Cotton swab: Key in fight for surgical infections
A cotton swab could have such an impact in reducing the incidence of hospital-acquired infections is really quite remarkable.
Washington: Painless and gentle probing of a wound with a dry cotton swab after surgery dramatically reduces infections in post-operative incision sites, according to a new research.
In a sentinel trial, Cedars-Sinai Medical Center surgeon Shirin Towfigh, MD, found that only 3 percent of patients who had the daily probings contracted infections compared to 19 percent of those who didn’t -- a rate more than six times higher than that of the study group.
“That a humble cotton swab could have such an impact in reducing the incidence of hospital-acquired infections is really quite remarkable,” Towfigh said.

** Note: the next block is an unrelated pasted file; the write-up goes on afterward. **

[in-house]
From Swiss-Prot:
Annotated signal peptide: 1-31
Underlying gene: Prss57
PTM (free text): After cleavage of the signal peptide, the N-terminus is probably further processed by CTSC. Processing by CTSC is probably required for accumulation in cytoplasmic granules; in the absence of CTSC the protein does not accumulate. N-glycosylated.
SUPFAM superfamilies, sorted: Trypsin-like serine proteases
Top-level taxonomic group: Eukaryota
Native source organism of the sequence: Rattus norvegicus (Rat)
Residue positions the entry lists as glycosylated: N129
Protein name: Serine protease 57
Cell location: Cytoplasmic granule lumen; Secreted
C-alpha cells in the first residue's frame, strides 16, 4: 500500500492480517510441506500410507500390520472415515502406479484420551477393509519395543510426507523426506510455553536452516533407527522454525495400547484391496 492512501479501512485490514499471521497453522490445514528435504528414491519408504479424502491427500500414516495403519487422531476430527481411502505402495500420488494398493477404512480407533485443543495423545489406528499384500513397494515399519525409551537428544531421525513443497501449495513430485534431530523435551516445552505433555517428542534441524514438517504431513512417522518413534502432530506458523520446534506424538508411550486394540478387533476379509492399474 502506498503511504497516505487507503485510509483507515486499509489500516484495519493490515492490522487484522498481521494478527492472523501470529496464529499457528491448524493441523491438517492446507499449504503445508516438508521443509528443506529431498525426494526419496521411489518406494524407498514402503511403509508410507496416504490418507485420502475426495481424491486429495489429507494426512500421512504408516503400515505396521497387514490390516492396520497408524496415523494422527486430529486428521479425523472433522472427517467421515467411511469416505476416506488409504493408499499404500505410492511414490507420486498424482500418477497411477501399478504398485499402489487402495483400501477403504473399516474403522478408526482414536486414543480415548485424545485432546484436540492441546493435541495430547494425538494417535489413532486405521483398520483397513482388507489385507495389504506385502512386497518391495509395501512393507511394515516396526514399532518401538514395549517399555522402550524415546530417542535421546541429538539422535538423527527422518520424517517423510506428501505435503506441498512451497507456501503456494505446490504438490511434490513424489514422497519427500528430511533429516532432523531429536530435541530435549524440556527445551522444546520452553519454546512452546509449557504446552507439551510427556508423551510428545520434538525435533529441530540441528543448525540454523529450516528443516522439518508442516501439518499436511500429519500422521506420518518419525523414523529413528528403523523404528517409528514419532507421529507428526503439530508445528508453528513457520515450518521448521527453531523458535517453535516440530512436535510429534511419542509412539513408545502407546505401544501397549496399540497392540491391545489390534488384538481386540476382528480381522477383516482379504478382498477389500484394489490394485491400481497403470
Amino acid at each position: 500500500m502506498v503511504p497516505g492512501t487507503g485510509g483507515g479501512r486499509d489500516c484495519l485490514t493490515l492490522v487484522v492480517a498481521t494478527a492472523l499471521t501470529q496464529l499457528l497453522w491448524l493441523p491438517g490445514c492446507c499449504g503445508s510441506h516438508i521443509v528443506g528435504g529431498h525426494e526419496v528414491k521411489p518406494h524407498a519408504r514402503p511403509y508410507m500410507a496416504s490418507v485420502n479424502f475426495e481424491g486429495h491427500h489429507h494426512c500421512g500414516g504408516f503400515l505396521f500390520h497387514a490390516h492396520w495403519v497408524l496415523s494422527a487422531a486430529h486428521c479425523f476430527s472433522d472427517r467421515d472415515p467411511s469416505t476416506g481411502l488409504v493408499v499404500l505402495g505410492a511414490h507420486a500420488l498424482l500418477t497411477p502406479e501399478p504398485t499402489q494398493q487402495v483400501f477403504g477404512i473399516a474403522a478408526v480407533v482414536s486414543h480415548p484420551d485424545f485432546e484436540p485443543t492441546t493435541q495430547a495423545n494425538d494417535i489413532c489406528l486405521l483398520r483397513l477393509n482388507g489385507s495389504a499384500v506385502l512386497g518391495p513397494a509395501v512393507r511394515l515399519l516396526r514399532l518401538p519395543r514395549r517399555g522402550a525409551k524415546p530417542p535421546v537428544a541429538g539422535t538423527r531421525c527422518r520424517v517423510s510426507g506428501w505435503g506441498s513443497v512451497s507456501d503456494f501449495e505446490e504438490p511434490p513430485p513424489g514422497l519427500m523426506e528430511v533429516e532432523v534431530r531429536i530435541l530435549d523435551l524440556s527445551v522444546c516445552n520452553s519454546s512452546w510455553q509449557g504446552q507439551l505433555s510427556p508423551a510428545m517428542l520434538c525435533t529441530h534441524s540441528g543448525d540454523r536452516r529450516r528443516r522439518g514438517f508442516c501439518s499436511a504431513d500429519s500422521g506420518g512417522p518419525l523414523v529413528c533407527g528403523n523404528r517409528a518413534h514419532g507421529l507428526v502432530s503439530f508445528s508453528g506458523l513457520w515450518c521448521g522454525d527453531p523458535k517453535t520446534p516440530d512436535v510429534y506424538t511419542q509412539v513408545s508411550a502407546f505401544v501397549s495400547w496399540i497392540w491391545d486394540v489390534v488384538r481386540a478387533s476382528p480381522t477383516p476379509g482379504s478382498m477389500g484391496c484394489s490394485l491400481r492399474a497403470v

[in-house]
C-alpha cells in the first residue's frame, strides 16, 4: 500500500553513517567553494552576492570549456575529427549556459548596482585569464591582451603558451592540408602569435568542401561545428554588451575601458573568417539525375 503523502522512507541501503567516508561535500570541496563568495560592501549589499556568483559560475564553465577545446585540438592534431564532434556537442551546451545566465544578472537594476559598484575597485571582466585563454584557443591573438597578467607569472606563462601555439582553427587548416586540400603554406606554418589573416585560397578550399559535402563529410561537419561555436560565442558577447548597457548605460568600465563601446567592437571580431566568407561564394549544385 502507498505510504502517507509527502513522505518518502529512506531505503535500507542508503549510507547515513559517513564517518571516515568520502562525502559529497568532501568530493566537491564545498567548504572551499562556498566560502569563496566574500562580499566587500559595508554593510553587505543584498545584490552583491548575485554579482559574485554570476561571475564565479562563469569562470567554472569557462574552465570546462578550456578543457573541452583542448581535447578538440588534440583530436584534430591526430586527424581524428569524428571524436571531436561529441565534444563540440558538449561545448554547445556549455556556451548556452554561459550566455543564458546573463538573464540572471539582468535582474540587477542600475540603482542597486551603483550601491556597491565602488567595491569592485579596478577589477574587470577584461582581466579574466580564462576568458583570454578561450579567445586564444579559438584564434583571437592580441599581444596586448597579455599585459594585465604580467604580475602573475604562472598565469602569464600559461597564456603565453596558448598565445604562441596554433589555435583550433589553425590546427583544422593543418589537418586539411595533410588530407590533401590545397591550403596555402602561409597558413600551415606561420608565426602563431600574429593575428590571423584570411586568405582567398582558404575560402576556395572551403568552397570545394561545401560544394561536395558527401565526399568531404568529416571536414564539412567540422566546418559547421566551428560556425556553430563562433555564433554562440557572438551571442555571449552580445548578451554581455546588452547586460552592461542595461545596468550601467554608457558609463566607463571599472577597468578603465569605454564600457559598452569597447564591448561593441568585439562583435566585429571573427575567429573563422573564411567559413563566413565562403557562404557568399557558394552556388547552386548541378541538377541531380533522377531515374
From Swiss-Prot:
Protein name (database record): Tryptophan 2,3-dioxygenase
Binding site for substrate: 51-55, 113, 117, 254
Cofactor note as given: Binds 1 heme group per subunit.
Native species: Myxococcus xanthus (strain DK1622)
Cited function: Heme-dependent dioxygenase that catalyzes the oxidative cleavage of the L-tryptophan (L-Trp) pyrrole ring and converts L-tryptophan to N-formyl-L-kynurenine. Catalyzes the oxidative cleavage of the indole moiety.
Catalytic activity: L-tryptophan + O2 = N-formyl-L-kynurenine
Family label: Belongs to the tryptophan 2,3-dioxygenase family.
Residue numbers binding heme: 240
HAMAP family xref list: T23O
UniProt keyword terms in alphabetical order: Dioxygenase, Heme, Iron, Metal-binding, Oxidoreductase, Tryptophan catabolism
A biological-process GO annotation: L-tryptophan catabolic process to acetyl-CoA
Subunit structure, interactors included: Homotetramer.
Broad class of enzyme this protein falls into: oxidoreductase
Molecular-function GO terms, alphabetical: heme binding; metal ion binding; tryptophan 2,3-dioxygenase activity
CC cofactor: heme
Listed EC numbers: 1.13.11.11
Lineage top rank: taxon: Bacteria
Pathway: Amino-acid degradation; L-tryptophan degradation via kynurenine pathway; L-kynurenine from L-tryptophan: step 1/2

“This study reminds us that scientists can still find effective treatments when we are willing to think outside of the ‘technology box.’
Besides greatly reducing incision infections, painless probing with the cotton swab resulted in less post-operative pain for patients and significantly shorter hospital stays (five vs. seven days).
Patients also had better cosmetic healing of their incisions and – unsurprisingly -- higher satisfaction with their outcomes.